Seated at a table, the candidate must write a philosophical will that will later be read aloud in lodge. In order to compose that will, the candidate must search his soul for his true feelings about life, death and the transformation of the self from its material nature to its spiritual destiny. It should come as no surprise that the symbols situated within the chamber derive primarily from alchemy – the science and philosophy of metamorphosis.

Alchemists believed that salt which is extracted from sea water by the process of evaporation constitutes the element of fire delivered by water. Sulphur is to the human body what the Sun is to the earth. The coupling of salt and sulphur symbolizes life and death, or light and darkness nourishing one another. Thus, while the general candidate for Masonic degrees is not entirely knowledgeable about either alchemy, or the symbols it employs, it is intended that he meditate upon such esoteric matters as the evolution and continuity of all life, as well as the fact that the transformation from material life to spiritual existence is a matter of personal experience. Each and every human being will live, die and live again, but nobody can fully appreciate how that will feel until it actually happens.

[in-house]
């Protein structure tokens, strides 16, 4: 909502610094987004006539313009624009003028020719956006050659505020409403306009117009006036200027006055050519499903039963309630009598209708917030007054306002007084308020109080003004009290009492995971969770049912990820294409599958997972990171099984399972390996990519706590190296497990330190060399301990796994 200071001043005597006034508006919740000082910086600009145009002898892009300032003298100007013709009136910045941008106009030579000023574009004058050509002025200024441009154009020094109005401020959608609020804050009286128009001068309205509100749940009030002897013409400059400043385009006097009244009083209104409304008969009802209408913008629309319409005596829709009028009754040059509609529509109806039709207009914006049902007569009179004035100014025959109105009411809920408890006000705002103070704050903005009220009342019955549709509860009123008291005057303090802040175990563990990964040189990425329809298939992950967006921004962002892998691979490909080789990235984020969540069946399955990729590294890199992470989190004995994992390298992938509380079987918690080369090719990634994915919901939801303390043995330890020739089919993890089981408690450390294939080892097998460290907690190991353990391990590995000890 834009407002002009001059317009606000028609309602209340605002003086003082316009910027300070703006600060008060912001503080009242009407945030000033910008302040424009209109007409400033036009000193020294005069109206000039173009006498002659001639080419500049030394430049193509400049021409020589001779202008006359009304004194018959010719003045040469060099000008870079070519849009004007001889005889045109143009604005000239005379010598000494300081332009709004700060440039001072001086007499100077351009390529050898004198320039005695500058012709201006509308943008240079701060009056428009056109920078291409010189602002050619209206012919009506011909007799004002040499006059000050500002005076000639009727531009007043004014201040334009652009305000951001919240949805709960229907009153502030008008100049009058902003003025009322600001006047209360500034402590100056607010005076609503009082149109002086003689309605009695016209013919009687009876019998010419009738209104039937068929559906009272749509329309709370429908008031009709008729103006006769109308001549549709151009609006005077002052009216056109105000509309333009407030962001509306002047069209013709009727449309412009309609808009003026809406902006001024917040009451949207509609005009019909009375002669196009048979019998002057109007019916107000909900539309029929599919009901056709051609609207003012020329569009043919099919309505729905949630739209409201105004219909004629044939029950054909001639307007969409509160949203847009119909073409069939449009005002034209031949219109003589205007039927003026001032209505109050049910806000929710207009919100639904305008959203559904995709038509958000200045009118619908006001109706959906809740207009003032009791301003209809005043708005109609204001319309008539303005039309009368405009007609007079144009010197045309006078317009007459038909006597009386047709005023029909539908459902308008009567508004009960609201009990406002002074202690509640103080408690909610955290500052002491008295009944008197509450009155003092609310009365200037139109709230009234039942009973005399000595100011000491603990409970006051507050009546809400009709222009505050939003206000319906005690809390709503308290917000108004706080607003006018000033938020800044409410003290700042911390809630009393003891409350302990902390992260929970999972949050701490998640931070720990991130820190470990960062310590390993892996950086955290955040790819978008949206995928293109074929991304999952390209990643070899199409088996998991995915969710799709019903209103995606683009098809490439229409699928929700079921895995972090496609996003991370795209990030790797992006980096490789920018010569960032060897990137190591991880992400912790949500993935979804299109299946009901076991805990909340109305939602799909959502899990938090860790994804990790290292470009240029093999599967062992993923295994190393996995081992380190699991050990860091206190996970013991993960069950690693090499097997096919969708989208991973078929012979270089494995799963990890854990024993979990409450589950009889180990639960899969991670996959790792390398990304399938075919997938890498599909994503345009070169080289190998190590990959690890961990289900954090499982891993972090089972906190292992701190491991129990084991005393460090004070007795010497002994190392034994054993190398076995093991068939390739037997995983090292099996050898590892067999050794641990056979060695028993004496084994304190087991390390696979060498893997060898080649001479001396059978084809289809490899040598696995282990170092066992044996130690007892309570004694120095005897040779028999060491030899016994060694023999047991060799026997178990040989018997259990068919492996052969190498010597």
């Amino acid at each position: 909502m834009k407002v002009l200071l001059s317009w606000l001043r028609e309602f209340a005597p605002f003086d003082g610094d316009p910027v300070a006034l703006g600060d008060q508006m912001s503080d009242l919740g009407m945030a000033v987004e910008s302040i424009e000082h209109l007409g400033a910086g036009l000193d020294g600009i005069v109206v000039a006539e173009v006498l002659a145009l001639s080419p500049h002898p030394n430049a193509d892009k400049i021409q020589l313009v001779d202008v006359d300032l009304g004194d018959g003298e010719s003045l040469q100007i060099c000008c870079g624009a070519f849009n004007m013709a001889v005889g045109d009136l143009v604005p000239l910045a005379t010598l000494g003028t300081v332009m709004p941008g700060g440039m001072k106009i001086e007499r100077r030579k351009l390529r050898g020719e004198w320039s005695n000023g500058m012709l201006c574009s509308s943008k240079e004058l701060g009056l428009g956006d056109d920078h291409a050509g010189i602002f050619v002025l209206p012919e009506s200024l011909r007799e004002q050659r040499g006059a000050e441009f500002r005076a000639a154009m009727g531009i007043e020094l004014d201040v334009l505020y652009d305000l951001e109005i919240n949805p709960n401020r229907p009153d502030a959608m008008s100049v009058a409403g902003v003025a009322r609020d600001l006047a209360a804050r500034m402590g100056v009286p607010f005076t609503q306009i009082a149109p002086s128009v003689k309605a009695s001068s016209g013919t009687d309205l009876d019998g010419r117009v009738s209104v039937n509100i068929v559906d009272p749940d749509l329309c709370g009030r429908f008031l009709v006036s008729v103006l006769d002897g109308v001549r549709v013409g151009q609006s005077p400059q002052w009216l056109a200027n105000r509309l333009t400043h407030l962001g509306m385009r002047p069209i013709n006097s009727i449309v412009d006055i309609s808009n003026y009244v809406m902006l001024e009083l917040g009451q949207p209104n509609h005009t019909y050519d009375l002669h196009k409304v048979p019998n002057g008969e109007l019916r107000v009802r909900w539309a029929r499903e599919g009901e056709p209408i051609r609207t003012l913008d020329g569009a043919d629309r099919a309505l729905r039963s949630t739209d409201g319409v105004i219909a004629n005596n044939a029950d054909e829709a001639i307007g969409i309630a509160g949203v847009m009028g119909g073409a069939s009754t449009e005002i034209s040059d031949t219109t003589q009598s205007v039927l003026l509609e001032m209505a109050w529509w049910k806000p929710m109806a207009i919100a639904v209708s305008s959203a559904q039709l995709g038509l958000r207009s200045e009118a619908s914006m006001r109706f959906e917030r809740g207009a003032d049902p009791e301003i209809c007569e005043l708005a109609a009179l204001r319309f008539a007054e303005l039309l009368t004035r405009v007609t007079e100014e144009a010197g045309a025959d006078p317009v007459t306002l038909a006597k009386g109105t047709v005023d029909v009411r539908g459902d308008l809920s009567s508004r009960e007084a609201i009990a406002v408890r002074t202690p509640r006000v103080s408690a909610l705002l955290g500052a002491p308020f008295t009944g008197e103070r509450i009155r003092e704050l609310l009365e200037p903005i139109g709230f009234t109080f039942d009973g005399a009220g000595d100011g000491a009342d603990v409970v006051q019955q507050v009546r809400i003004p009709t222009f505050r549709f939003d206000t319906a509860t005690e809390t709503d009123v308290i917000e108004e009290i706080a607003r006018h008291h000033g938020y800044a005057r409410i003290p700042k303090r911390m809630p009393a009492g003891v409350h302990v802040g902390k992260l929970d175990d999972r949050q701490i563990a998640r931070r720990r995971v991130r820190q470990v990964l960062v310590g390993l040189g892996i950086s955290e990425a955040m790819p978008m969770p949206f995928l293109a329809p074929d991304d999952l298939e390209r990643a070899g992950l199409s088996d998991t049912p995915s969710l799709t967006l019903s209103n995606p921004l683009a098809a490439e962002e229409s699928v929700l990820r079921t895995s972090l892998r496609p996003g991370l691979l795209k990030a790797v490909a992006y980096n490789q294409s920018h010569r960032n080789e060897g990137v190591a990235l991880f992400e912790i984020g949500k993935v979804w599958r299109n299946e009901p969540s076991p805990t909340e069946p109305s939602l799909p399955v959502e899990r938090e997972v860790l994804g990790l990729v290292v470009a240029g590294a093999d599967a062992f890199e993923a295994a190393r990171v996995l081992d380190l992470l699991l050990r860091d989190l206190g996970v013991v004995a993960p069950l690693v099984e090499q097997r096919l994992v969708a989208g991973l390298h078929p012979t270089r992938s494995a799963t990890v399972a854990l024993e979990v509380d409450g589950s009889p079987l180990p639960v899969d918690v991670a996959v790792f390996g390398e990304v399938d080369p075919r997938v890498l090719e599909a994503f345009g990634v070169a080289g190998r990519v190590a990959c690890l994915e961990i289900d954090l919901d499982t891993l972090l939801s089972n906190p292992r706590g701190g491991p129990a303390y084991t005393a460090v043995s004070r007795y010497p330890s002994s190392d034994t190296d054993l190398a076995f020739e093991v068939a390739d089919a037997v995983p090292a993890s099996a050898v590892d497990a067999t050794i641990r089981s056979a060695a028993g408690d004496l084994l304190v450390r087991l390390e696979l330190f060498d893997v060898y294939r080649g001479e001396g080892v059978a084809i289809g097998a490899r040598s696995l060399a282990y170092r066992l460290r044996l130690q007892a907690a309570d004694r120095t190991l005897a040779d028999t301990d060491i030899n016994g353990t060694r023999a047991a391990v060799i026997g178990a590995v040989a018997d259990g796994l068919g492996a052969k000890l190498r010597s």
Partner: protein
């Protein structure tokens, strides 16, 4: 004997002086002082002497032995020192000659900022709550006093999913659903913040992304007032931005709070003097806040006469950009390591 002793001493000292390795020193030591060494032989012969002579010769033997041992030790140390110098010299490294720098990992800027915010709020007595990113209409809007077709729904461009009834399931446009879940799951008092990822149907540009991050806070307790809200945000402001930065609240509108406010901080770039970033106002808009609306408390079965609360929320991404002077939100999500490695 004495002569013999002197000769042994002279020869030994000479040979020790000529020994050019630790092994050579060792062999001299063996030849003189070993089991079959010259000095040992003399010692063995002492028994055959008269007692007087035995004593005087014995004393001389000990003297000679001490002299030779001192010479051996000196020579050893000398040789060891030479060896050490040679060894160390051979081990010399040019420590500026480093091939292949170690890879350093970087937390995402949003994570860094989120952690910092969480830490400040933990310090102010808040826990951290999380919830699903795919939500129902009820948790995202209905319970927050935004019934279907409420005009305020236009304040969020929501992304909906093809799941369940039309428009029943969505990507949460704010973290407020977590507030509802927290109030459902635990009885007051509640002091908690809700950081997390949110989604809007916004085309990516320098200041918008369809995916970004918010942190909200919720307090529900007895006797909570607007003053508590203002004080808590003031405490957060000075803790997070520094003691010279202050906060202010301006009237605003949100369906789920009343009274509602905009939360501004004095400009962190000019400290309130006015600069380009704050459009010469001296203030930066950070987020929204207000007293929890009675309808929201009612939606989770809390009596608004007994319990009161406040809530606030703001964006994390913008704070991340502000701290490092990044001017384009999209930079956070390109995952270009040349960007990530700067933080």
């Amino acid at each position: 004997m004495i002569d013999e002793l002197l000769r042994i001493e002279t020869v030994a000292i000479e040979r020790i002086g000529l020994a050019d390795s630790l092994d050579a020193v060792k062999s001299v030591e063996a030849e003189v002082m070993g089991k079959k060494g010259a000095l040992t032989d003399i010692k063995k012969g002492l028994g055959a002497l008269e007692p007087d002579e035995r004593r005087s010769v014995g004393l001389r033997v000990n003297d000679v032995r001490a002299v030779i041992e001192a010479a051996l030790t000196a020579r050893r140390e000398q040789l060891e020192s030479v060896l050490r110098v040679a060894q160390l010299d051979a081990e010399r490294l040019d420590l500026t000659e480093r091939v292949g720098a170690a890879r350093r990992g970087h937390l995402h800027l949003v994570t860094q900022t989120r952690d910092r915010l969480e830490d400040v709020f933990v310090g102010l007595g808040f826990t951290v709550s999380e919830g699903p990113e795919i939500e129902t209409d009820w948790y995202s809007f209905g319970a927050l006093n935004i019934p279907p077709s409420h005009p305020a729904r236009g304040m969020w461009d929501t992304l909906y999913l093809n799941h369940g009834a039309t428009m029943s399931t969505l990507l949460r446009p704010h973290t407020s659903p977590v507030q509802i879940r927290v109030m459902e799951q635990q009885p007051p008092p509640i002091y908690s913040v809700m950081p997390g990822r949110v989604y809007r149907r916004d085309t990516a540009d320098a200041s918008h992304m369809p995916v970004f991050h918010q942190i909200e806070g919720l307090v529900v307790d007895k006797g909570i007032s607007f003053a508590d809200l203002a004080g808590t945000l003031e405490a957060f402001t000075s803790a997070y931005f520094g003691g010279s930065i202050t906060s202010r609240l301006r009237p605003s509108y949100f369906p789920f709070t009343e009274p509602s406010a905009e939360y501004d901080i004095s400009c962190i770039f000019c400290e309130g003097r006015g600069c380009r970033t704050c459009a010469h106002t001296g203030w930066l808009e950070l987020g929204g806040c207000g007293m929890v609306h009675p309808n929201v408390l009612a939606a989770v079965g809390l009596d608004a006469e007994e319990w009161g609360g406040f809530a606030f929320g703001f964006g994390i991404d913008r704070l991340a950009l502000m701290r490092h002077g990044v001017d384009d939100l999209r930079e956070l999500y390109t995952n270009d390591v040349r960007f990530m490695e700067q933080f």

For Masons, the time passed in the Chamber of Reflection symbolizes the trials of life. The first lesson to be learned is that nothing is intrinsically good or bad. People are responsible for making matters better or worse depending upon how they conduct themselves. Thus, the first lesson relates to the importance of accepting responsibility for one’s own actions.